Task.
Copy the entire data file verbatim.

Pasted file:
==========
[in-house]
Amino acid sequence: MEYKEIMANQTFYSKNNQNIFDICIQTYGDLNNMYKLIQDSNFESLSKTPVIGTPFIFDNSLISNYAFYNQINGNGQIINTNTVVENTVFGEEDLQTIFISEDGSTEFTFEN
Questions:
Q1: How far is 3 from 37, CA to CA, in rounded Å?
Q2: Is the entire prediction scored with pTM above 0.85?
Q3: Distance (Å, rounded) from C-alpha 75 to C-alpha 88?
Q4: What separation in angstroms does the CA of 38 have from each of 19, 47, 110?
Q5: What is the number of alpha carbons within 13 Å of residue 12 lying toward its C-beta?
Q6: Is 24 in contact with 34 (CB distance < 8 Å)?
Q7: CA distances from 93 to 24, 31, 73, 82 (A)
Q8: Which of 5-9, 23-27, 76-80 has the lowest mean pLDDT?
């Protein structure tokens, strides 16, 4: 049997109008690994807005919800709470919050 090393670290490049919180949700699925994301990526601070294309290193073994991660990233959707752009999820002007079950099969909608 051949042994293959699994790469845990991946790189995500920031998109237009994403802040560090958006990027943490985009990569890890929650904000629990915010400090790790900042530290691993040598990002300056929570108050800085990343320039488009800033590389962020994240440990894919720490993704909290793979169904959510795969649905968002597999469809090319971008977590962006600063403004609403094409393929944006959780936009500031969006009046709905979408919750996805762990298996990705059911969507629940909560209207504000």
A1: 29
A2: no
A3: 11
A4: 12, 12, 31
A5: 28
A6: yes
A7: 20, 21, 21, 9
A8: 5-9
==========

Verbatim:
[in-house]
Amino acid sequence: MEYKEIMANQTFYSKNNQNIFDICIQTYGDLNNMYKLIQDSNFESLSKTPVIGTPFIFDNSLISNYAFYNQINGNGQIINTNTVVENTVFGEEDLQTIFISEDGSTEFTFEN
Questions:
Q1: How far is 3 from 37, CA to CA, in rounded Å?
Q2: Is the entire prediction scored with pTM above 0.85?
Q3: Distance (Å, rounded) from C-alpha 75 to C-alpha 88?
Q4: What separation in angstroms does the CA of 38 have from each of 19, 47, 110?
Q5: What is the number of alpha carbons within 13 Å of residue 12 lying toward its C-beta?
Q6: Is 24 in contact with 34 (CB distance < 8 Å)?
Q7: CA distances from 93 to 24, 31, 73, 82 (A)
Q8: Which of 5-9, 23-27, 76-80 has the lowest mean pLDDT?
């Protein structure tokens, strides 16, 4: 049997109008690994807005919800709470919050 090393670290490049919180949700699925994301990526601070294309290193073994991660990233959707752009999820002007079950099969909608 051949042994293959699994790469845990991946790189995500920031998109237009994403802040560090958006990027943490985009990569890890929650904000629990915010400090790790900042530290691993040598990002300056929570108050800085990343320039488009800033590389962020994240440990894919720490993704909290793979169904959510795969649905968002597999469809090319971008977590962006600063403004609403094409393929944006959780936009500031969006009046709905979408919750996805762990298996990705059911969507629940909560209207504000």
A1: 29
A2: no
A3: 11
A4: 12, 12, 31
A5: 28
A6: yes
A7: 20, 21, 21, 9
A8: 5-9